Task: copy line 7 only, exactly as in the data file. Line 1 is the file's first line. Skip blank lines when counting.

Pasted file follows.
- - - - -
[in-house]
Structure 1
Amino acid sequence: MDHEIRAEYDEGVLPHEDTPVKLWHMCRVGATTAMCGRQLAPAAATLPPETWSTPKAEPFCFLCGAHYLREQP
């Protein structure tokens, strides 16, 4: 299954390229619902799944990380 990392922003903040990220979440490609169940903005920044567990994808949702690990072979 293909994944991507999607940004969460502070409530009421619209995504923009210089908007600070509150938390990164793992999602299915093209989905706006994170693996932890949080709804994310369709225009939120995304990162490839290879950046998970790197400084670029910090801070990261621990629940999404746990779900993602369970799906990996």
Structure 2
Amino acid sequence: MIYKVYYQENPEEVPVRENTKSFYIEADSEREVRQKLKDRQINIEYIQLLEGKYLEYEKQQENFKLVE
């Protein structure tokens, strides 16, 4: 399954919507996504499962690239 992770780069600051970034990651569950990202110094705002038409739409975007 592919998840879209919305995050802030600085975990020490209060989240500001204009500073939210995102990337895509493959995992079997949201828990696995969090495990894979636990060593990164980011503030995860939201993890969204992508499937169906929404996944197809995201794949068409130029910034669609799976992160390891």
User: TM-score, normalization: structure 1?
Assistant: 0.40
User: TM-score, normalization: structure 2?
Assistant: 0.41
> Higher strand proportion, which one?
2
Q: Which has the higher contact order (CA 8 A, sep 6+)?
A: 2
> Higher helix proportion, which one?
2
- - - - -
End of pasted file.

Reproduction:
């Protein structure tokens, strides 16, 4: 399954919507996504499962690239 992770780069600051970034990651569950990202110094705002038409739409975007 592919998840879209919305995050802030600085975990020490209060989240500001204009500073939210995102990337895509493959995992079997949201828990696995969090495990894979636990060593990164980011503030995860939201993890969204992508499937169906929404996944197809995201794949068409130029910034669609799976992160390891």